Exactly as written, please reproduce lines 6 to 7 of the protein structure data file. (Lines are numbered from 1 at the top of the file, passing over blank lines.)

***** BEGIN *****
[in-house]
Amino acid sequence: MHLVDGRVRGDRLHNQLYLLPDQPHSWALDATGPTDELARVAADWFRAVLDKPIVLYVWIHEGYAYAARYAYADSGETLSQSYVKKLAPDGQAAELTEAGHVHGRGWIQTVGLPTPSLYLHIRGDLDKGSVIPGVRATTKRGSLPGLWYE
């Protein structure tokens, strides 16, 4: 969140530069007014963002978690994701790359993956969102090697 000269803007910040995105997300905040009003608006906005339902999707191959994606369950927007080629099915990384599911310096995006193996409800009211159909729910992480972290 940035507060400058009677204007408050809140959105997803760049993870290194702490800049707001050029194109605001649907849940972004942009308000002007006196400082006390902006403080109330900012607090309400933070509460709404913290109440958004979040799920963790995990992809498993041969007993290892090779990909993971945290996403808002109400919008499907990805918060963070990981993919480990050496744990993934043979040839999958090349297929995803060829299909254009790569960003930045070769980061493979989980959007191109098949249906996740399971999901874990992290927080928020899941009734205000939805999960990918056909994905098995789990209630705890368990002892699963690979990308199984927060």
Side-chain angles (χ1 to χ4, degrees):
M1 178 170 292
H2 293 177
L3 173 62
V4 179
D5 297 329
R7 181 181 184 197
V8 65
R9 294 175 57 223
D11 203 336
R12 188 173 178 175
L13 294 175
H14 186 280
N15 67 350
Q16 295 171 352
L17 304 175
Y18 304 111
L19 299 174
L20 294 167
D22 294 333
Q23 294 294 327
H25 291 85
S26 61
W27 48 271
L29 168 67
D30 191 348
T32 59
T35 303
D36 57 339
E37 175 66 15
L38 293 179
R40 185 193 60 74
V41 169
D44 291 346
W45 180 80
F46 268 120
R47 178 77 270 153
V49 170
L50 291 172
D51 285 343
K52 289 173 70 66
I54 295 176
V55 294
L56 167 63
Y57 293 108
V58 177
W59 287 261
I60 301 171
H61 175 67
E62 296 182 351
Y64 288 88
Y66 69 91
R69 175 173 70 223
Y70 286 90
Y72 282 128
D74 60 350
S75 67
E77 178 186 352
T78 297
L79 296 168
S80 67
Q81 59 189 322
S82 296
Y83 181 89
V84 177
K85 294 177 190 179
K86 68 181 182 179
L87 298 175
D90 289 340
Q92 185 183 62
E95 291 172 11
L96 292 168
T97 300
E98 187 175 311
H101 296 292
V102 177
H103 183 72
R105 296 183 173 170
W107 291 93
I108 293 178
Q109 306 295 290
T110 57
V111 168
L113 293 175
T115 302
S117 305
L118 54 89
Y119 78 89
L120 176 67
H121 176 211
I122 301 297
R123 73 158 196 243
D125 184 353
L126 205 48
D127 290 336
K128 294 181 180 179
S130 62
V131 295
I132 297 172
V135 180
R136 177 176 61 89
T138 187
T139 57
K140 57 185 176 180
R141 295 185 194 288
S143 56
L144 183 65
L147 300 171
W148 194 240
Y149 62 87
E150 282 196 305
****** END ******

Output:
H2 293 177
L3 173 62